Retention in HIV care during pregnancy and the postpartum period in the option B+ era: A systematic review and meta-analysis of studies in Africa


BACKGROUND: Under Option B+ guidelines for prevention of mother-to-child transmission of HIV (PMTCT), pregnant and breastfeeding women initiate antiretroviral therapy (ART) for lifelong use. The objectives of this study were: 1) to synthesize data on retention in care over time in Option B+ programs in Africa, and 2) to identify factors associated with retention in care. METHODS: PubMed, EMBASE, and African Index Medicus were systematically searched from January 2012 to June 2017. Pooled estimates of the proportion of women retained were generated; factors associated with retention were analyzed thematically. RESULTS: 35 articles were included in the final review; 22 reported retention rates (n=60,890) and 25 reported factors associated with retention. Pooled estimates of retention were 72.9% (95% CI: 66.4%, 78.9%) at 6 months for studies reporting <12 months of follow up and 76.4% (95% CI: 69.0%, 83.1%) at 12 months for studies reporting >/=12 months of follow up. Data on undocumented clinic transfers were largely absent. Risk factors for poor retention included younger age, initiating ART on the same day as diagnosis, initiating during pregnancy versus breastfeeding, and initiating late in the pregnancy. Retention was compromised by stigma, fear of disclosure, and lack of social support. CONCLUSIONS: Retention rates in PMTCT under Option B+ were below those of the general adult population, necessitating interventions targeting the complex circumstances of women initiating care under Option B+. Improved and standardized procedures to track and report retention are needed to accurately represent care engagement and capture undocumented transfers within the health system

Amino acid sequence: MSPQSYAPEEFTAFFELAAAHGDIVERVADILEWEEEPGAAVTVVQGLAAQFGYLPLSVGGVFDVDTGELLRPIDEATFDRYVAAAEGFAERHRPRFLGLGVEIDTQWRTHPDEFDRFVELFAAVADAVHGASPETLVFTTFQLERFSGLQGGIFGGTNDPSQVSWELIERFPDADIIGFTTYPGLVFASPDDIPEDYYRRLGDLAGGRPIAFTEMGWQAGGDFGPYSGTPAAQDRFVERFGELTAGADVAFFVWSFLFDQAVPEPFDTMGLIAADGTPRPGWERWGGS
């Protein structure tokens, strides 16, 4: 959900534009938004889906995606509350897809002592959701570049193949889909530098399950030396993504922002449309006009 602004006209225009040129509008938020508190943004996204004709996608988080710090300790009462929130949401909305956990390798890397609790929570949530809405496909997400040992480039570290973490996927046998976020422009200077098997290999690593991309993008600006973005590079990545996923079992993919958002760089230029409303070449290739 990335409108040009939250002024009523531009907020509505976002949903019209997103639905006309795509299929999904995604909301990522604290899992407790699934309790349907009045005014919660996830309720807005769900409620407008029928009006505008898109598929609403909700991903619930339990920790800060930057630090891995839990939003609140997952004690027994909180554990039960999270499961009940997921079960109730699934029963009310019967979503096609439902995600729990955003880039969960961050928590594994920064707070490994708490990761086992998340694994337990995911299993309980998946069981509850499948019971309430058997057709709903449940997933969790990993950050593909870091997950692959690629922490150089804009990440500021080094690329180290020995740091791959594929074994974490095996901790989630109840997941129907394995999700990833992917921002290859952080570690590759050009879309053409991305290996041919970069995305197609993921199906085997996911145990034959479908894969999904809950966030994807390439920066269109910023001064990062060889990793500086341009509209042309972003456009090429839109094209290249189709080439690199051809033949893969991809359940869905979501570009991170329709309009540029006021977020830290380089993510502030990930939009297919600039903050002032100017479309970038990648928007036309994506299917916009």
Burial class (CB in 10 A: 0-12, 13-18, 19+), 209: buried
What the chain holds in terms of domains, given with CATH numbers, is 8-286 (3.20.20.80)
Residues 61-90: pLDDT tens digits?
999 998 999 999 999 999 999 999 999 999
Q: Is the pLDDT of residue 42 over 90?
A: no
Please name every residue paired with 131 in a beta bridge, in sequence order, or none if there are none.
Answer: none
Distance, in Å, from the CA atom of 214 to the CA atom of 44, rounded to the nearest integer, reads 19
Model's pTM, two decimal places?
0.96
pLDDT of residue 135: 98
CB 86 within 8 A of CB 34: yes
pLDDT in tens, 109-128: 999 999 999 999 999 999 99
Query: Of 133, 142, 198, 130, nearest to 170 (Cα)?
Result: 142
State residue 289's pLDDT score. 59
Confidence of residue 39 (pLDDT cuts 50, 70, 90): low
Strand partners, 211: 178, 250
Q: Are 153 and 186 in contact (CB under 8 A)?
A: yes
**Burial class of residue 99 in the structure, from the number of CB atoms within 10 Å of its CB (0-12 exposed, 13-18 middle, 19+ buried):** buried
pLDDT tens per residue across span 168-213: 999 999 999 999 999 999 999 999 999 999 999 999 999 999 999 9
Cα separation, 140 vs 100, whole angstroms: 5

Knettel BA, Cichowitz C, Ngocho JS, Knippler ET, Chumba LN, Mmbaga BT, Watt MH




  • Determinants of Health
    • Social support
    • Stigma/discrimination
  • Population(s)
    • Women
    • General HIV+ population
  • Engagement and Care Cascade
    • Retention in care
    • Treatment
  • Prevention
    • Biomedical interventions


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